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Barn 30 Metres North East of Canterbury Tye Hall Farmhouse

A Grade II Listed Building in Pilgrims Hatch, Essex

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Latitude: 51.6412 / 51°38'28"N

Longitude: 0.3061 / 0°18'22"E

OS Eastings: 559671

OS Northings: 196119

OS Grid: TQ596961

Mapcode National: GBR XM.9VK

Mapcode Global: VHHN3.806P

Entry Name: Barn 30 Metres North East of Canterbury Tye Hall Farmhouse

Listing Date: 9 December 1994

Grade: II

Source: Historic England

Source ID: 1197208

English Heritage Legacy ID: 373434

Location: Brentwood, Essex, CM15

County: Essex

District: Brentwood

Town: Brentwood

Electoral Ward/Division: Pilgrims Hatch

Built-Up Area: Brentwood

Traditional County: Essex

Lieutenancy Area (Ceremonial County): Essex

Church of England Parish: Shenfield St Mary the Virgin

Church of England Diocese: Chelmsford

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Listing Text


723-1/5/248 (East side)
Barn 30m north-east of Canterbury
Tye Hall Farmhouse


Barn. Late C16, C18. Timber-framed and weatherboarded with
roof of peg tiles and C20 flat tiles. 5 bay plan with central
midstrey and simple gabled waggon porch to SW front. Outshuts
both sides of waggon porch creating a continuous `catslide'
roof to low eaves. Doors to waggon porch C20. 2 old doors in
each outshut on either side. Fixed window in each gable, NW
2-light, SE 3x3 panes with glazing bars. Some replacement of
outshut wall by C20 brick at SE end.
INTERIOR almost all of one build with minimal alteration and
replacement, principally, near NE midstrey door frame.
Principal trusses have jowled posts some with a decorative
step stop at base of jowl swelling, curved arched braces to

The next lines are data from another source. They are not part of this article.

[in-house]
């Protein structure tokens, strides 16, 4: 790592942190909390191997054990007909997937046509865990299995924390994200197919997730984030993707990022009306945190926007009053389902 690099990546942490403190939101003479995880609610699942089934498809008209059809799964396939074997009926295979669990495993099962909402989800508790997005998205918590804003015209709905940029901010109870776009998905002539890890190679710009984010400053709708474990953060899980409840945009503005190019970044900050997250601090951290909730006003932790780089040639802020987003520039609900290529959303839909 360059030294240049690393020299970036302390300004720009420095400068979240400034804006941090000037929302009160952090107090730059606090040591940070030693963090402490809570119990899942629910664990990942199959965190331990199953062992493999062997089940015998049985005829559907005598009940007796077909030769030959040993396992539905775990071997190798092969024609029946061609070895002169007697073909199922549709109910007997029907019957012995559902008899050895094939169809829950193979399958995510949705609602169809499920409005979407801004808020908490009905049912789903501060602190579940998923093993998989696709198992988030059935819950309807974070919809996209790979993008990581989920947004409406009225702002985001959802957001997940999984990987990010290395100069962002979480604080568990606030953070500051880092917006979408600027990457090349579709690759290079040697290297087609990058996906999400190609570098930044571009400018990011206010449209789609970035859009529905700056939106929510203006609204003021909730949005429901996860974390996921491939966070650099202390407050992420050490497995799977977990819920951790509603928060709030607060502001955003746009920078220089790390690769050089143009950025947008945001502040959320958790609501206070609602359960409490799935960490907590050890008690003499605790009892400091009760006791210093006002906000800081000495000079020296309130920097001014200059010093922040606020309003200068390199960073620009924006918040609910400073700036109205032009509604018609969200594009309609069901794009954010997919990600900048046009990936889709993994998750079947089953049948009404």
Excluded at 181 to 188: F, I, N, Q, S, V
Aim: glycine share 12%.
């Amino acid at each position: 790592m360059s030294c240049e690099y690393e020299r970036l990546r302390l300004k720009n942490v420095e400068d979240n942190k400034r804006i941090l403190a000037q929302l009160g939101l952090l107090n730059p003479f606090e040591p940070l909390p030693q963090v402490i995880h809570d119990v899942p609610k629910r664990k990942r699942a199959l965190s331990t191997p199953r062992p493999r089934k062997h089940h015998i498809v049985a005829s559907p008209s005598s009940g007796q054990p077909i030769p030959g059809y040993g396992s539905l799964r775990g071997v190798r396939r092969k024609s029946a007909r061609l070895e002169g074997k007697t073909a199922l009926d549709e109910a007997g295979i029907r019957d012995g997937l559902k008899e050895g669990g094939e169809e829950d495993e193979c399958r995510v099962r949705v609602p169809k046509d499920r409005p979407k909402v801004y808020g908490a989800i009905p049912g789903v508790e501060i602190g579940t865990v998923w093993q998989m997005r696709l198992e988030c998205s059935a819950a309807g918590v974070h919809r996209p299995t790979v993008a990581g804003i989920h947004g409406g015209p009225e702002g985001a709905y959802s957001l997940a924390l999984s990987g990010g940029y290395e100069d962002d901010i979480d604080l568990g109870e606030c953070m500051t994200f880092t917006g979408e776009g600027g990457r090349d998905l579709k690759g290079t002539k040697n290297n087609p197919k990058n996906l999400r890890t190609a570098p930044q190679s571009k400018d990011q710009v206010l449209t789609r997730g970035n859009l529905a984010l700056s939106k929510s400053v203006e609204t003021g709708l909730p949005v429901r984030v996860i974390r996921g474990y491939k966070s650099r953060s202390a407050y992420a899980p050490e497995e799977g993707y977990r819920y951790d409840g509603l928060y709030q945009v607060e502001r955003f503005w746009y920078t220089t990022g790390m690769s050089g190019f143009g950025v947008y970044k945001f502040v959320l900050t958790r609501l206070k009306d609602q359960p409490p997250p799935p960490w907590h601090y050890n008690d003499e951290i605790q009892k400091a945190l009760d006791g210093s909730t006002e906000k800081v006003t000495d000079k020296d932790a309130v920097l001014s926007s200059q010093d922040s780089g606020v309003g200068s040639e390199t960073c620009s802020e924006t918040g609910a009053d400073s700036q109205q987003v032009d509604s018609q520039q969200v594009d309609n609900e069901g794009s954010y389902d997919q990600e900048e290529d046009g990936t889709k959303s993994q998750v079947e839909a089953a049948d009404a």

straight tie-beam and principal rafters with collars supported
by queen posts. 2 rows of side purlins in each pitch, butted
to rafters and joggled from bay to bay, common rafters ride
over the purlins. Some of the faces on the principal rafters
have redundant joints, apparently for wind bracing now gone.
These joints are symmetrically arranged but original system,
or proposed system obscure. The roof is now stiffened
longitudinally by members inserted at some time rising from
the queen post feet to the lower side purlins. An almost
complete set of carpenters gouged, assembly marks can be seen
on the open trusses numbered in pairs, I to IIII. Wall
studding is stout, studs set at approx 0.5m centres, braced
only above the middle rail with stout curved primary braces
paired one each way at the corner posts and singly away from
the barn centre at the posts of the open trusses. Several face
halved and bladed scarf joints on top wall plates. Simple
chamfering of arrises on horizontal members. The waggon porch
is original. Its roof trusses have side purlins and clasping
collars. The inner truss has a pair of refined soulace braces
to the collar and the outer truss was originally wind braced.
Some interior horizontal boarding survives with nails
indicating its original use over the whole inner face, and
lack of any evidence of wattle and daub infilling, together
with a consistent weather fissuring of all the frame members
on their outer faces and partially on their edges suggests
that the frame was left exposed for some long time, being only
boarded on the inside with daub packed against it from the
outside, partially filling the stud panels. The 2 outshuts on
the SW side are secondary and must have been added some
considerable time later as they cover the weathered outer face
of the barn framing. They are probably C18. The 2 smaller
timber-framed and weatherboarded buildings with pantiled gable
end outshuts that touch the barn at both ends and project
forward as wings to the SW have no historical or technical
importance. The one to the NW is C19 and is much replaced
inside. The one to the SE has framing reused from several
periods again much replaced. The group, however, comprising
the principal barn, plus the 2 symmetrical wings has
considerable visual group value when seen from Canterbury Tye
Farmhouse (qv) to the SW. The barn and Canterbury Tye
Farmhouse form a group.

Listing NGR: TQ5967196119

This text is from the original listing, and may not necessarily reflect the current setting of the building.

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